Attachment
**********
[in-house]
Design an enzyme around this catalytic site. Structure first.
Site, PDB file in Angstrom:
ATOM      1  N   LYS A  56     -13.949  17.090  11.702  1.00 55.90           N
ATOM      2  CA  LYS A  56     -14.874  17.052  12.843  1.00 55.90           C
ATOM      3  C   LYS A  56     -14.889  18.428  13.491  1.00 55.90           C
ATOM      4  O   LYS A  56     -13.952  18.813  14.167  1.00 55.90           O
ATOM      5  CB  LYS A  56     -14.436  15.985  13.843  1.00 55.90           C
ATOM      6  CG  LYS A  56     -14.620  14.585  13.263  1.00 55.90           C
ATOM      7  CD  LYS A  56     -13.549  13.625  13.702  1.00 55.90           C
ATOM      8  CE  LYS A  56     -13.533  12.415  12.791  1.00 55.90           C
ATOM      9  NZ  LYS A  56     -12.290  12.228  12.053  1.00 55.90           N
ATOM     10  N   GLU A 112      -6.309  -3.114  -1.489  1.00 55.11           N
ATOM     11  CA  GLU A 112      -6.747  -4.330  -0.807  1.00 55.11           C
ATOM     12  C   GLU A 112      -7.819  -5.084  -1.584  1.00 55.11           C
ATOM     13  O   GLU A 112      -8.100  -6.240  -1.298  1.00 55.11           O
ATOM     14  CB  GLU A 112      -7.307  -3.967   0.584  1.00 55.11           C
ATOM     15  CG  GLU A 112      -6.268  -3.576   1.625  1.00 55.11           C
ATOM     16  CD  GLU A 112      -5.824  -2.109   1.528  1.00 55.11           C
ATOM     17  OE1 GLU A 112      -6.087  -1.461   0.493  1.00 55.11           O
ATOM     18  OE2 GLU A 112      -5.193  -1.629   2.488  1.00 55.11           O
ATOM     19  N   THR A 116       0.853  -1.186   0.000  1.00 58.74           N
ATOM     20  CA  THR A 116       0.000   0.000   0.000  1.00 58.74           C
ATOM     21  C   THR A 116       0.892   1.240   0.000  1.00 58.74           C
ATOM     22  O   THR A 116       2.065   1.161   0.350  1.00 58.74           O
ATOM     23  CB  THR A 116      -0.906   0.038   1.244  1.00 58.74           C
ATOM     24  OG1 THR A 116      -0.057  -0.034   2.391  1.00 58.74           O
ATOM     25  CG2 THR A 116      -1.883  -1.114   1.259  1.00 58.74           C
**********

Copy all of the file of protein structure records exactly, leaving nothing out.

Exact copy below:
[in-house]
Design an enzyme around this catalytic site. Structure first.
Site, PDB file in Angstrom:
ATOM      1  N   LYS A  56     -13.949  17.090  11.702  1.00 55.90           N
ATOM      2  CA  LYS A  56     -14.874  17.052  12.843  1.00 55.90           C
ATOM      3  C   LYS A  56     -14.889  18.428  13.491  1.00 55.90           C
ATOM      4  O   LYS A  56     -13.952  18.813  14.167  1.00 55.90           O
ATOM      5  CB  LYS A  56     -14.436  15.985  13.843  1.00 55.90           C
ATOM      6  CG  LYS A  56     -14.620  14.585  13.263  1.00 55.90           C
ATOM      7  CD  LYS A  56     -13.549  13.625  13.702  1.00 55.90           C
ATOM      8  CE  LYS A  56     -13.533  12.415  12.791  1.00 55.90           C
ATOM      9  NZ  LYS A  56     -12.290  12.228  12.053  1.00 55.90           N
ATOM     10  N   GLU A 112      -6.309  -3.114  -1.489  1.00 55.11           N
ATOM     11  CA  GLU A 112      -6.747  -4.330  -0.807  1.00 55.11           C
ATOM     12  C   GLU A 112      -7.819  -5.084  -1.584  1.00 55.11           C
ATOM     13  O   GLU A 112      -8.100  -6.240  -1.298  1.00 55.11           O
ATOM     14  CB  GLU A 112      -7.307  -3.967   0.584  1.00 55.11           C
ATOM     15  CG  GLU A 112      -6.268  -3.576   1.625  1.00 55.11           C
ATOM     16  CD  GLU A 112      -5.824  -2.109   1.528  1.00 55.11           C
ATOM     17  OE1 GLU A 112      -6.087  -1.461   0.493  1.00 55.11           O
ATOM     18  OE2 GLU A 112      -5.193  -1.629   2.488  1.00 55.11           O
ATOM     19  N   THR A 116       0.853  -1.186   0.000  1.00 58.74           N
ATOM     20  CA  THR A 116       0.000   0.000   0.000  1.00 58.74           C
ATOM     21  C   THR A 116       0.892   1.240   0.000  1.00 58.74           C
ATOM     22  O   THR A 116       2.065   1.161   0.350  1.00 58.74           O
ATOM     23  CB  THR A 116      -0.906   0.038   1.244  1.00 58.74           C
ATOM     24  OG1 THR A 116      -0.057  -0.034   2.391  1.00 58.74           O
ATOM     25  CG2 THR A 116      -1.883  -1.114   1.259  1.00 58.74           C